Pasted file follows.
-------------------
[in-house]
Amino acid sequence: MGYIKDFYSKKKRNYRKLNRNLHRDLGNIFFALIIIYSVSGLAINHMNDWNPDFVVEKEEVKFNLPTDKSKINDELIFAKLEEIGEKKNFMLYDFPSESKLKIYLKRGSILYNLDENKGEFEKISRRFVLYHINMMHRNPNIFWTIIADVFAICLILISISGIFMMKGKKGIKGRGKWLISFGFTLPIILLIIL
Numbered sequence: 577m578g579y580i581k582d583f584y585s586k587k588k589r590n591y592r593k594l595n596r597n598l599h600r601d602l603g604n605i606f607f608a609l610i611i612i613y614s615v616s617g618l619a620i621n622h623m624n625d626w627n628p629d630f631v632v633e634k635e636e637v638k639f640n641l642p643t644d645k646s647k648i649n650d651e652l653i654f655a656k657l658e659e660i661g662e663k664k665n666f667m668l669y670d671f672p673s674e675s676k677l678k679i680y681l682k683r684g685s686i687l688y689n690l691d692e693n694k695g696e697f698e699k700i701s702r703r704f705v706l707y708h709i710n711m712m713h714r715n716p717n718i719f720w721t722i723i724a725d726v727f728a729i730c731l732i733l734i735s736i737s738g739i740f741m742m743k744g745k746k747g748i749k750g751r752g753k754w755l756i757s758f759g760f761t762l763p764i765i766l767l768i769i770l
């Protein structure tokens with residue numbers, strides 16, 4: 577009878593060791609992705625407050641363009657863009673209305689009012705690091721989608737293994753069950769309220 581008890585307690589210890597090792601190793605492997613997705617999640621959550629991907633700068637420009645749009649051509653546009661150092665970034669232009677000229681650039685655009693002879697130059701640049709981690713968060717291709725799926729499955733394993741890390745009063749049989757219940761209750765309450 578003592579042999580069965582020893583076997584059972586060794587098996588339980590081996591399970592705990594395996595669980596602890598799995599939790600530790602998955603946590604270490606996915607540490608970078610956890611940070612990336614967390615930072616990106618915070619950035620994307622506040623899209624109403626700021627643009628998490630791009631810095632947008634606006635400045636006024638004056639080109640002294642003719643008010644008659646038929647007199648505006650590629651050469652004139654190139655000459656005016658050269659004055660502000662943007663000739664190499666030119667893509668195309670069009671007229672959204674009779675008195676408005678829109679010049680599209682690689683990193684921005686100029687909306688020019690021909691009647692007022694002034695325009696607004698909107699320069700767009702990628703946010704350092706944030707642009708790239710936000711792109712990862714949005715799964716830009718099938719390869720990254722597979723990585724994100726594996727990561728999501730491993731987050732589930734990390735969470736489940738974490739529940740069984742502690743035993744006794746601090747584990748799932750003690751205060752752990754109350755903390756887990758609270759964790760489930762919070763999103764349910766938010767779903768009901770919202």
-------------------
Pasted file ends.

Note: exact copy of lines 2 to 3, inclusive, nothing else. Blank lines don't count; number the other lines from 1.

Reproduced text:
Amino acid sequence: MGYIKDFYSKKKRNYRKLNRNLHRDLGNIFFALIIIYSVSGLAINHMNDWNPDFVVEKEEVKFNLPTDKSKINDELIFAKLEEIGEKKNFMLYDFPSESKLKIYLKRGSILYNLDENKGEFEKISRRFVLYHINMMHRNPNIFWTIIADVFAICLILISISGIFMMKGKKGIKGRGKWLISFGFTLPIILLIIL
Numbered sequence: 577m578g579y580i581k582d583f584y585s586k587k588k589r590n591y592r593k594l595n596r597n598l599h600r601d602l603g604n605i606f607f608a609l610i611i612i613y614s615v616s617g618l619a620i621n622h623m624n625d626w627n628p629d630f631v632v633e634k635e636e637v638k639f640n641l642p643t644d645k646s647k648i649n650d651e652l653i654f655a656k657l658e659e660i661g662e663k664k665n666f667m668l669y670d671f672p673s674e675s676k677l678k679i680y681l682k683r684g685s686i687l688y689n690l691d692e693n694k695g696e697f698e699k700i701s702r703r704f705v706l707y708h709i710n711m712m713h714r715n716p717n718i719f720w721t722i723i724a725d726v727f728a729i730c731l732i733l734i735s736i737s738g739i740f741m742m743k744g745k746k747g748i749k750g751r752g753k754w755l756i757s758f759g760f761t762l763p764i765i766l767l768i769i770l